Plants for Wildlife

The Fens, Brecklands, woods and chalk grasslands of East Anglia are rich and diverse habitats holding many species: from roe deer to raft spiders, bitterns to butterflies. Just because you are likely to have only butterflies of these four, it doesn’t mean you can’t attract further interesting creatures to your garden. Some may be there already!

Because so many countryside ponds have been filled in, finding space for a pond in your garden would provide a refuge and attract more wildlife than any other feature in your garden. However small it should have varying depths of water and gently shelving sides to allow access for frogs and toads.

Steep sides are a death trap for hedgehogs while shallow water allows birds to drink and bathe. Native species of plants are best but they can be very vigorous so care needs to be taken with the planting scheme. An amazing range of tiny animals live amongst the submerged plants. The larvae of certain insects prowl around this underwater forest for several years before climbing onto the marginal plants where they turn into dragonflies and damselflies.

Encouraging wildlife is a good excuse for not being too tidy around the garden! A patch of longer grass can attract grasshoppers and bush crickets. Listen out for their calls on a warm summer’s day. Similar to a grasshopper but with longer antennae, six species of bush crickets can be found in this area. Don’t cut back perennials until spring as insects hibernate in them and birds feed on the seeds – and don’t forget the much maligned stinging nettle (food plant of several butterflies) and bramble (nectar-rich flowers and juicy fruits) and excellent wildlife plants.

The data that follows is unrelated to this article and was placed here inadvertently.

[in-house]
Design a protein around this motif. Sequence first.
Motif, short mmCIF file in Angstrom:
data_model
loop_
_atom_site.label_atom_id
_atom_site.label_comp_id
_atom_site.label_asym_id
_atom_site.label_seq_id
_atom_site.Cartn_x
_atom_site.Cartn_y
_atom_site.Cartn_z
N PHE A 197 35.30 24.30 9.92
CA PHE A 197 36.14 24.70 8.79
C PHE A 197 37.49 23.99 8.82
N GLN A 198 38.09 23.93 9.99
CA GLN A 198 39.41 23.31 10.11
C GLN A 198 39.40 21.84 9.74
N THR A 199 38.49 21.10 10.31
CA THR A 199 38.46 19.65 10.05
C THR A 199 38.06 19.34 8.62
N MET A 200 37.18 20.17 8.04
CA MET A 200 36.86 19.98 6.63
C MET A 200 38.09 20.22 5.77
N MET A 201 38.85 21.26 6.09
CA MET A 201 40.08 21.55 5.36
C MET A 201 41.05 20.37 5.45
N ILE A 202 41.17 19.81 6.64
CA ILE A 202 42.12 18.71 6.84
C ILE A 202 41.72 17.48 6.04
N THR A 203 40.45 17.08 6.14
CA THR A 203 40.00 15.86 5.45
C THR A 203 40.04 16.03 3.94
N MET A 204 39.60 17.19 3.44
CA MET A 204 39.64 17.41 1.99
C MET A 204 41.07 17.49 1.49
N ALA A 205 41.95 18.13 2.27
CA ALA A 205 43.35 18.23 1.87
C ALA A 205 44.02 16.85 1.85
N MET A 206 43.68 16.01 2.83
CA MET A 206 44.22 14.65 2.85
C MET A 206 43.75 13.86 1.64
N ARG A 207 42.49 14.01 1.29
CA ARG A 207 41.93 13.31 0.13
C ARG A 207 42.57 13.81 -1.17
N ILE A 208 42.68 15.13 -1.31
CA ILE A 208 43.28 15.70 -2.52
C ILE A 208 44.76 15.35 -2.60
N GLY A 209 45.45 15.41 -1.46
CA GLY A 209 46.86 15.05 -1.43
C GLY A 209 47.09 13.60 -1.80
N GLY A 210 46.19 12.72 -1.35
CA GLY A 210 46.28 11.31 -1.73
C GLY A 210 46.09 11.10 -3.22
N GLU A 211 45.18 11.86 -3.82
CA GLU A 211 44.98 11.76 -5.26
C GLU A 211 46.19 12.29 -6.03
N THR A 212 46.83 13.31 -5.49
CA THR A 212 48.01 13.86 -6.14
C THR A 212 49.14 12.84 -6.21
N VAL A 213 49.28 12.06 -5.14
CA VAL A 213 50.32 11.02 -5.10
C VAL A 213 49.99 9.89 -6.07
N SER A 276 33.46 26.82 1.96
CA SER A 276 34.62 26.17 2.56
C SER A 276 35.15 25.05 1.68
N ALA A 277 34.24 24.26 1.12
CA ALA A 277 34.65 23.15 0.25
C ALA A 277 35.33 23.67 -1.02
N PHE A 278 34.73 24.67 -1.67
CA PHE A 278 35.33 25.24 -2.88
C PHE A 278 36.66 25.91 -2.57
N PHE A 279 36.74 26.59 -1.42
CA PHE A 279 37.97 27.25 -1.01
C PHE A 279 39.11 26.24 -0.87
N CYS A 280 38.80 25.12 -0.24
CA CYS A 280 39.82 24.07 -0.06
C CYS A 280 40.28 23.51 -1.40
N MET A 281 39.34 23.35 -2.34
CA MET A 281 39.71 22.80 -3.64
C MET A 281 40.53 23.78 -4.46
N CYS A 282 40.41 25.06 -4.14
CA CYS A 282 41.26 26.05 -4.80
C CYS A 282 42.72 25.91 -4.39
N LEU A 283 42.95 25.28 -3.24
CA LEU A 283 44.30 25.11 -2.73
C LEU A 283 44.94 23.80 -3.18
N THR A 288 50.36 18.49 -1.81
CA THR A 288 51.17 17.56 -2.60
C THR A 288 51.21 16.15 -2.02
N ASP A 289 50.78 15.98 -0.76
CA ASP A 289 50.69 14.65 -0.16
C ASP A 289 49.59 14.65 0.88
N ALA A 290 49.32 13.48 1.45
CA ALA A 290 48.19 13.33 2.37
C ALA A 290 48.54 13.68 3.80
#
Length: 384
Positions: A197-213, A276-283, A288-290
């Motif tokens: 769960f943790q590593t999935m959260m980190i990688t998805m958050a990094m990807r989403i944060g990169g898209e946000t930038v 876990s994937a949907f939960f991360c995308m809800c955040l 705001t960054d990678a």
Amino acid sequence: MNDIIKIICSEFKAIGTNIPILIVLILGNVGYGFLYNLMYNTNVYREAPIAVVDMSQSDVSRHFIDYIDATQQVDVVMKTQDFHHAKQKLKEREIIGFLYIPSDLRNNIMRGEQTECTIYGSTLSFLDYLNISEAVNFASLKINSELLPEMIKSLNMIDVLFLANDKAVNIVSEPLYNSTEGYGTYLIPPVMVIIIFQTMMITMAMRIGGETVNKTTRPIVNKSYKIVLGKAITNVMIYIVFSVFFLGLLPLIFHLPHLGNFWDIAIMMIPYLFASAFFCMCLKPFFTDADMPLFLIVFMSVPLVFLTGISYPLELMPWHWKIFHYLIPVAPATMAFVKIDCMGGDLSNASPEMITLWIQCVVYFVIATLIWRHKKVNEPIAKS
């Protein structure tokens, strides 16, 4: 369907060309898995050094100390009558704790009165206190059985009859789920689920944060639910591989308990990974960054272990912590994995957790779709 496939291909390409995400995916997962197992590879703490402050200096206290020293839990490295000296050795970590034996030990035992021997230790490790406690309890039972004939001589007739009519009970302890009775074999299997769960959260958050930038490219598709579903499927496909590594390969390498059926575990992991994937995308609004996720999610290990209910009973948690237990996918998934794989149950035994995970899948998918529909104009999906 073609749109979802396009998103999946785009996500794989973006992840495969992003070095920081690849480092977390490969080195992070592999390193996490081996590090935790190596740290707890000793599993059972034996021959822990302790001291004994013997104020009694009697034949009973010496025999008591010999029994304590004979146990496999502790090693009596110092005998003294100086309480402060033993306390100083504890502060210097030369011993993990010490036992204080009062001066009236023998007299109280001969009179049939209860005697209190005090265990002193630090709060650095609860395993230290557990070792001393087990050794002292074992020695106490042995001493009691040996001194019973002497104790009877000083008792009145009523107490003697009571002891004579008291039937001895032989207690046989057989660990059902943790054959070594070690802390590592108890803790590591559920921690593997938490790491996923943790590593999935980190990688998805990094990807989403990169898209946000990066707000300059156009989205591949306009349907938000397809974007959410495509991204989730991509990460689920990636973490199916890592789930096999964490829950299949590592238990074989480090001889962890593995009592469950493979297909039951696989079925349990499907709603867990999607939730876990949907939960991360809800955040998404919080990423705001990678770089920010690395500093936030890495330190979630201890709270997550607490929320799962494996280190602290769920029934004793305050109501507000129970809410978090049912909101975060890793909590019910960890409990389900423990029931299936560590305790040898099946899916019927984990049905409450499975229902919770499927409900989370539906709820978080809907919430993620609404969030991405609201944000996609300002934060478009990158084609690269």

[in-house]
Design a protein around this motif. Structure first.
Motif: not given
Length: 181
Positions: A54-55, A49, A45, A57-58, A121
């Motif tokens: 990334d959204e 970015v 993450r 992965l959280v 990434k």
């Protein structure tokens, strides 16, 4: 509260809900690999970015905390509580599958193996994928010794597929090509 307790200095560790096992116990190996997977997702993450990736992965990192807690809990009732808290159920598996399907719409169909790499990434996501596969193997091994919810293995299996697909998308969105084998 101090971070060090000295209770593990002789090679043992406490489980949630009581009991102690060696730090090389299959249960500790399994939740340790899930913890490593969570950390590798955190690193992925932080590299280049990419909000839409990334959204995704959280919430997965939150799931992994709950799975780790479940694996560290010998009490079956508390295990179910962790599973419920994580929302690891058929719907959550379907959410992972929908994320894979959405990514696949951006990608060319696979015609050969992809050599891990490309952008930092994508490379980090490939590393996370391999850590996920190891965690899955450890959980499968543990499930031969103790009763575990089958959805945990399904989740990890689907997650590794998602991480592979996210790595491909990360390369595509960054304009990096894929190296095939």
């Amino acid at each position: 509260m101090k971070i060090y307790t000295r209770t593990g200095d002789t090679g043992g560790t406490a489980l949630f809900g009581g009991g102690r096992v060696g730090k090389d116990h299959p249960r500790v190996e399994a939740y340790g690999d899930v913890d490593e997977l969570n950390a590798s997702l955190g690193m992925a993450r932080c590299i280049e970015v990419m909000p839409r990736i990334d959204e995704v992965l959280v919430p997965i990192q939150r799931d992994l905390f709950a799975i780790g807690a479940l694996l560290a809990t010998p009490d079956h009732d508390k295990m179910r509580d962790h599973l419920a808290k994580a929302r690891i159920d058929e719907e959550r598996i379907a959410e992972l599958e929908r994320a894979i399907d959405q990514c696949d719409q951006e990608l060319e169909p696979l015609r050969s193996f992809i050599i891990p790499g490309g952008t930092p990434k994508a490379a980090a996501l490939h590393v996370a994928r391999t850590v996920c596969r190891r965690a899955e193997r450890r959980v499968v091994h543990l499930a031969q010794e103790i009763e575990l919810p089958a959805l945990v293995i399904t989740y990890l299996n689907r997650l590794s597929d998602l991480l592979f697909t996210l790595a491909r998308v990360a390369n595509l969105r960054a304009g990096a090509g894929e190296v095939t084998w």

Dense conifers, even dwarf ones, are ideal hibernating sites for ladybirds while brimstone butterflies (the original butter-yellow fly) invariably hibernate in hedera (ivy). Ivy flowers late in the year giving a feast of nectar for insects before they hibernate; the berries ripen in later winter when food is running short for birds and it is good for birds to roost and nest in. Along with holly, it is the food plant of holly blue butterflies.

Nectar-rich plants are good for bees, bumblebees, hoverflies, butterflies and moths, many of which are becoming rare. Without insects there would be nothing to pollinate our crops so they need all the help they can get. Flowers that are particularly strongly scented at night such as lonicera, hesperis and nicotiana are pollinated by moths. 2500 species of moths have been recorded in Britain so there are plenty out there to try and identify! Among them are the quaintly named ‘uncertain’, ‘poplar kitten’, ‘cousin German’ and ‘buttoned snout’.

Although often considered drab creatures of the night, some are truly spectacular. The privet hawkmoth has a pink and black striped body and is the size of a mouse. Its larval food plants are ligustrum (privet) and syringe (lilac) so it is not uncommon to find it in the gardens. Look out for the day-flying hummingbird hawkmoth with its darts between buddleia, verbena or, most commonly, centranthus (red valerian).